This selection presents 12 minutes culled from Baraka, Ron Fricke's beautiful 70mm documentary feature consisting of images shot around the world, set to new age/world music by Michael Stearns. Snow monkeys, Buddhist temples, calm lakes and cities appear in this series of gently paced, contemplative images. There is no plot or definite ideology here, just a series of great-looking images emphasizing the diversity and beauty of life on this planet. A four-minute commentary by producer Mark Magidson discusses some of the difficulties and technical innovations necessitated by the filming.

Sound Bit—music-related short films

Henry Rollins—Easter Sunday in NYC

Photographer Albert Watson directed this unusual documentary/performance film starring punk rocker/spoken word artist Henry Rollins. Watson's well composed images frame Rollins' discussion of his life and work, interwoven with bits of his performances. Dolby Digital 5.1 surround sound is used to great effect here, with multiple sound "threads" competing and blending—Rollins' monologues often come out of one area while his music plays subtly or loudly from another region. The sound and imagery complement each other well, preserving the "meat" of the documentary while enriching it with Rollins' art. Rollins himself comes off as a serious artist who has his head on straight. Two supplementary audio tracks feature Rollins performing The End of Something and Starve.

Minutes—films about film

Michael Apted

Daniel Peacock directed this short featuring Michael Apted, director of films like Nell and Extreme Measures as well as the acclaimed 7-Up documentary series. Peacock appears to have set up a camera and let Apted talk, editing it afterwards into a semi-coherent presentation. The visual monotony is broken up with different zoom levels and video effects, though they seem a bit random. Apted discusses filmmaking in general, touching on many subjects without spending much time on any one—he's interesting to listen to here, but I found myself wanting a more substantial interview.

Junk Drawer—odds and ends

Opening Movie—replays the disc's opening sequence

The Wood Shed—neat little gag film

Intermission—two-minute Intermission screen with music

Rating for Style: A
Rating for Substance: B+


Image Transfer

Aspect Ratio1.85:1 - Widescreen2.35:1 - Widescreen
Original Aspect Ratioyesyes

Image Transfer Review: The transfers on Short 1: Invention are generally very good, allowing for variations in the source material. Black Rider has quite a few specks and splices, and the shot-on-video portions of This Unfamiliar Place bleed a bit, but all the films look fine on DVD (especially Some Folks Call It a Sling Blade and the excerpts from Baraka). The quality of this disc is especially valuable when one considers that most short-form entertainment available today is delivered via low-bandwidth Internet video.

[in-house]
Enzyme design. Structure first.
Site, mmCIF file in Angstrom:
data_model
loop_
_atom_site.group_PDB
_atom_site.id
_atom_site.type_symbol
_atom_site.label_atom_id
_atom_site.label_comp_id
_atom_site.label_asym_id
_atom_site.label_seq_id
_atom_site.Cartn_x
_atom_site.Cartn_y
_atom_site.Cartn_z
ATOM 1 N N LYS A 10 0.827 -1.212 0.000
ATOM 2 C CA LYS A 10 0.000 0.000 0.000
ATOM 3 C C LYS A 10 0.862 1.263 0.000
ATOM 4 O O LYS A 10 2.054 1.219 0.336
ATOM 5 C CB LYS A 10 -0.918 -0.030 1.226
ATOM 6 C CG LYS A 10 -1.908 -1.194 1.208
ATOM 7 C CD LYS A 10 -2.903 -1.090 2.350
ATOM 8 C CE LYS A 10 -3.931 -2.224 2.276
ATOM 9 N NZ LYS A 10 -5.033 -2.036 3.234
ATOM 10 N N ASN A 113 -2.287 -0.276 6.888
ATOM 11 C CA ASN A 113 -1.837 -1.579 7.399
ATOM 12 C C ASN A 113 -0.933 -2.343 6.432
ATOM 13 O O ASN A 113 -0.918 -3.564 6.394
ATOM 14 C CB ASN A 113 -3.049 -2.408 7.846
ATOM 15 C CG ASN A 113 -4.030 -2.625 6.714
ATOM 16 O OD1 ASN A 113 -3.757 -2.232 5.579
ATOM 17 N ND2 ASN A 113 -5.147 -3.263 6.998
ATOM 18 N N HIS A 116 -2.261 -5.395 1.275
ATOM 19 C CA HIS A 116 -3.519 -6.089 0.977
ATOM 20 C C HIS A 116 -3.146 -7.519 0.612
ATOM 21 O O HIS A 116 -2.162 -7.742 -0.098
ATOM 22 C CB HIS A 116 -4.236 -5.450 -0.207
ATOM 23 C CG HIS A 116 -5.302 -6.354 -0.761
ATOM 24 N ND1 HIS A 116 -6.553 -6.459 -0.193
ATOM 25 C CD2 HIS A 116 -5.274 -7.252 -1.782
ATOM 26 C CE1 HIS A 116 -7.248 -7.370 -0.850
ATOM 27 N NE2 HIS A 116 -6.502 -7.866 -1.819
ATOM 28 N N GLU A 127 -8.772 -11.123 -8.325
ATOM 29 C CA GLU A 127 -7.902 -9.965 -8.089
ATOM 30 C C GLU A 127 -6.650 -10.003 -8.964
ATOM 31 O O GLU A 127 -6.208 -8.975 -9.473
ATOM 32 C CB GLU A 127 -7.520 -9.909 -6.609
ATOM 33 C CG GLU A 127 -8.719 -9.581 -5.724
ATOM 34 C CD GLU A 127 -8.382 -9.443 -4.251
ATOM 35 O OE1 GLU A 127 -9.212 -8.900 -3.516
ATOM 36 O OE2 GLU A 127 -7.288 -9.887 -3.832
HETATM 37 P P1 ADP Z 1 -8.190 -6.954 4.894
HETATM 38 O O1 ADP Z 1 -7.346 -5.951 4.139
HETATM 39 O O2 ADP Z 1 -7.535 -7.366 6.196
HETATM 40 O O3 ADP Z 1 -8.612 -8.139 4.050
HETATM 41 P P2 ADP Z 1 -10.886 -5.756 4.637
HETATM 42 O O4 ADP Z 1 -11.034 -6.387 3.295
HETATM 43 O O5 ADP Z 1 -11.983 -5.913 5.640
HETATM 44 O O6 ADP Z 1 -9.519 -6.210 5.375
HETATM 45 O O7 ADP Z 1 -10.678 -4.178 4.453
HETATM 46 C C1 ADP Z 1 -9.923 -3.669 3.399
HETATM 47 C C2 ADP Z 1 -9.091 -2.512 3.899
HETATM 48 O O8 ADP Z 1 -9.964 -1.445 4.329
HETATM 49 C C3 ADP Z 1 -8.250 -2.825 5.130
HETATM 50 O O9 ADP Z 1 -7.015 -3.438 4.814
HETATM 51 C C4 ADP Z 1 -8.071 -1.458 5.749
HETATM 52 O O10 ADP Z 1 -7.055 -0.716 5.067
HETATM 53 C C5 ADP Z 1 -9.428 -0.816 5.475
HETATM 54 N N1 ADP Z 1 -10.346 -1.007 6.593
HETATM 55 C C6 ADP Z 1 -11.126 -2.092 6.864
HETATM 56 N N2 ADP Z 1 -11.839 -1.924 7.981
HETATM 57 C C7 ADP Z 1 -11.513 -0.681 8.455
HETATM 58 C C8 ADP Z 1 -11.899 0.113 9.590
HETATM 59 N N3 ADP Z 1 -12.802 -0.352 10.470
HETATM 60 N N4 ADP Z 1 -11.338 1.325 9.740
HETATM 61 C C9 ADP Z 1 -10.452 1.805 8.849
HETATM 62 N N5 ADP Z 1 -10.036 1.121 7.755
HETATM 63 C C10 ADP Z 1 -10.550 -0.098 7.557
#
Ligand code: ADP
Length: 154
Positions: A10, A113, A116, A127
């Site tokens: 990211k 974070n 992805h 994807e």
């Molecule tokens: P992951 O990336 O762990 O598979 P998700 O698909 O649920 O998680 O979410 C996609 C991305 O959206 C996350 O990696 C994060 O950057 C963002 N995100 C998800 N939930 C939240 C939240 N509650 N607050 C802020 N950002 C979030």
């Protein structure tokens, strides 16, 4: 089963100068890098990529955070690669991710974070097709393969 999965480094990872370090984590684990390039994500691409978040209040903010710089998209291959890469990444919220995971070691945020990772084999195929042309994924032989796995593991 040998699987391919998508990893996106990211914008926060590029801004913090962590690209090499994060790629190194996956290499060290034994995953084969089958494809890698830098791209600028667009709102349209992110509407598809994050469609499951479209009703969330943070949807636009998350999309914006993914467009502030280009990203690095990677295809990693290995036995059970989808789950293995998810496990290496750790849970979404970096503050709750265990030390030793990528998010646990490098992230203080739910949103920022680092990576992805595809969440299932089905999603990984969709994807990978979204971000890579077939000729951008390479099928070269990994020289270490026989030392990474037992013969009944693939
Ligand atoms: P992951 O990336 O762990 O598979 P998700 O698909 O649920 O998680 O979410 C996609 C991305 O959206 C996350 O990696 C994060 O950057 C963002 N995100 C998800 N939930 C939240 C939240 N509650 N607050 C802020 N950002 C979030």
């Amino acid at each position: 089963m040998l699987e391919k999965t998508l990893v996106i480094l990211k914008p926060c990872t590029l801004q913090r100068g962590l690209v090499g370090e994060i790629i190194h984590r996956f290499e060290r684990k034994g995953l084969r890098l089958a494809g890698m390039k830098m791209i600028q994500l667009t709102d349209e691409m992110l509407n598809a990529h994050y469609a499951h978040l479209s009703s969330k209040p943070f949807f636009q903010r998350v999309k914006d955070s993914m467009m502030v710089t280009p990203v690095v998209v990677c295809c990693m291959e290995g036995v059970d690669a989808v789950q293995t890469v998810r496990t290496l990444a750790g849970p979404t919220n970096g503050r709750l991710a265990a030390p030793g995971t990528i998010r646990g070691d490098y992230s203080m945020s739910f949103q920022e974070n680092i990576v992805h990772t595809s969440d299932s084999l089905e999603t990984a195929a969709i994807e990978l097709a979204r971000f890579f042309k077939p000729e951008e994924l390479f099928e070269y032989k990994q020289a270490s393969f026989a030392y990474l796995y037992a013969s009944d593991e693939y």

Image Transfer Grade: B+


Audio Transfer

 LanguageRemote Access
DS 2.0English, Germanyes
Dolby Digital

Audio Transfer Review: Short 1 manages solid digital transfers from sometimes less-than-perfect sources. Every short is mastered in Dolby Surround 2.0 or Dolby Digital 5.1, though several pieces are clearly in mono and have just been mastered in DS2.0 form (routed to the center speaker after decoding). Mr. Resistor and Henry Rollins—Easter Sunday in NYC use sound most effectively and fare best here—some of the other films exhibit minor hiss and compromised frequency ranges, but everything—on the whole— sounds pretty good.

Audio Transfer Grade: B


Disc Extras

Full Motion menu with music
Scene Access with 0 cues and remote access
Subtitles/Captions in English, German with remote access
2 Other Trailer(s)1 Multiple Angles
2 Feature/Episode commentaries by 1-director of Shape Without Form and 2-director of Baraka
Packaging: Snapper
Picture Disc
1 Disc
1-Sided disc(s)
Layers: single

Extra Extras:
  1. PC Friendly access, web links
Extras Review: Short 1 contains a number of films organized into six sections. The menu system works well for browsing, and there's a handy "play it all" option if you want to watch the entire disc without touching the DVD remote. The "magazine" presentation is nicely handled—menu screens feature stylish full-motion video/animation and Dolby 2.0 surround sound, and the design is solid all around.

Incidental content includes cool inventions like wind-up teeth and the lava lamp (displayed during menu transitions) and a mini-movie during the discs end credits. All of the other content is accessible through the menus.

Short 1 makes good use of the DVD format, providing an alternate camera angle video track for The Big Story, commentaries on Shape Without Form and Baraka (Excerpts), and two alternate music audio tracks on Henry Rollins—Easter Sunday in NYC. Quickband is to be commended for including such appropriate extras—all enhance the films, and none seems like "fluff".

Warner Bros. (Quickband's distributor) provides a couple of theatrical trailers—they seem a bit out of place in this context, and somewhat intrusive, tacked unexpectedly onto the ends of two shorts. I would have preferred standard menu access for these.

Extras Grade: A


Final Comments

I can heartily recommend Short 1: Invention—it's a diverse collection of high-quality work and a nice change of pace from full-length movies. Every DVD collection should have a few high-quality "pop-in-and-browse" discs—Quickband has selected these short films with care and packaged them with class.